Sunday School usually meant an hour of sitting in a metal chair kicking his feet and being told to stop talking. But in the back of his mind, Grayson seemed to remember Sister Ross saying the baby Jesus suffered for everyone’s pain.

Grayson walked to the nativity and picked up the baby Jesus. “Mom, why doesn’t Jesus make you happy?”

After helping Grayson remove his backpack, she placed her hands on his shoulders. “He does. But he also lets us feel some sadness so we can know what happiness is.”

“Oh. Don’t you know what happiness is?”

“You make me happy.”

The front door rammed into the wall harder than it had when Grayson got home, interrupting their conversation.

“Mom, I hate school and boys!” Kayla stomped into the room, throwing her bag to the floor and herself onto the cushy chair.

He wouldn’t fight her for it today. He wasn’t getting himself beat up.

Mom’s shoulders dipped a bit lower. “I like some boys.”

She winked at Grayson, but her eyes still looked sad.

“I like school.” He did, but he was glad for the two-week break, too. Telling Kayla that seemed like a waste.

His sister rolled her teary eyes at him. “Go away. Mom, make him leave.”

“I don’t want to leave.” He picked up the remote and turned on the TV then stuck his tongue out at Kayla when Mom wasn’t looking.

Mom reached over and shut the TV off. “Grayson, can you take your backpack to your room and play in there for a little while?”

Cookies!

How had he forgotten so quickly? Lunging for his backpack, he ran to his room. The zipper screeched as he opened the bag, and the air filled with the aroma of freshly baked cookies. The outside of the foil warmed his fingertips, raising the corners of Grayson’s lips. Missy’s mom wrapped them real good. Cookies never stayed warm that long.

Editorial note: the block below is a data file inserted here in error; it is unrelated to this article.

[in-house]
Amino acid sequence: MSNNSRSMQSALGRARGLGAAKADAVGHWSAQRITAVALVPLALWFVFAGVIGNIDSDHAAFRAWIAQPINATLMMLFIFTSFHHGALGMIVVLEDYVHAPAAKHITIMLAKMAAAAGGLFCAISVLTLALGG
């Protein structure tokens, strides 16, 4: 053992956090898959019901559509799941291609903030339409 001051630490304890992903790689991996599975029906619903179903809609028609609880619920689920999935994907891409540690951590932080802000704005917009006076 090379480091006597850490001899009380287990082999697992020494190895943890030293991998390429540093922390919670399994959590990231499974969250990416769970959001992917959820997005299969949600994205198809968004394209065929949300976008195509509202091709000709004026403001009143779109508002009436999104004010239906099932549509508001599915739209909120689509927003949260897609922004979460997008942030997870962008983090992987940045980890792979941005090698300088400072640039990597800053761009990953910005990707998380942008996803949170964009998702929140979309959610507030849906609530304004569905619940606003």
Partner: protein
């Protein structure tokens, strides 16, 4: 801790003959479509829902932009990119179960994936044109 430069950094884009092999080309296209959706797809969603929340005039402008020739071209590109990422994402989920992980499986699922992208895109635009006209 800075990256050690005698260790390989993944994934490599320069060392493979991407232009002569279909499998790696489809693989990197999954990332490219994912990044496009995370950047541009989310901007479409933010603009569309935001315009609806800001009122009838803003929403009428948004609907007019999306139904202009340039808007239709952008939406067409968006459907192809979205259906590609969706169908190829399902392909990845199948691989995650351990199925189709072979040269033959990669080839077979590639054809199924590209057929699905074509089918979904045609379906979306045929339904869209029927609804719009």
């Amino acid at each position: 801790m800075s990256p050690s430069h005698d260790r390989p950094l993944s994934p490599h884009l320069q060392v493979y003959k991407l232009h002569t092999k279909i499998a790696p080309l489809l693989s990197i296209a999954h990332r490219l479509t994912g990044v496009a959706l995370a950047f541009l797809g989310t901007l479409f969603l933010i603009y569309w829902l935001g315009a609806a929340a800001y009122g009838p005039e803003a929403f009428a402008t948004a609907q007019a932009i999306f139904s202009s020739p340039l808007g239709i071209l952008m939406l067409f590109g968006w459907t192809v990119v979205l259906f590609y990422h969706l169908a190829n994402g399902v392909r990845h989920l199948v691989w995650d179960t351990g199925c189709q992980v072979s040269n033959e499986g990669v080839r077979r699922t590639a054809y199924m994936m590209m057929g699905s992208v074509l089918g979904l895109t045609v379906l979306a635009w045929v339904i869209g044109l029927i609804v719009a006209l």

As he started to unwrap the delectable treat, he heard Kayla scream at her mom. “He said that in front of the whole class! That I’m dumb!”

Grayson frowned. A lot of times, Kayla made him angry, but she still took care of him, and she wasn’t dumb. She cooked all his favorite foods, and sometimes she helped him with his homework. Dumb people couldn’t do his homework—it was hard! He wondered when Jesus would take away Kayla’s pain. Mom probably still hurt too.

Unwrapping the cookies, he lifted the first one to his mouth, but couldn’t take a bite. Kayla and Mom like cookies too. If Jesus wasn’t going to help them be happy, maybe the cookies would.

He stared at the gooey desserts, each one perfectly round and perfectly golden. Soft in the middle, crispy on the edges, and the chocolate shined. All the other kids ate at the party, but he hadn’t.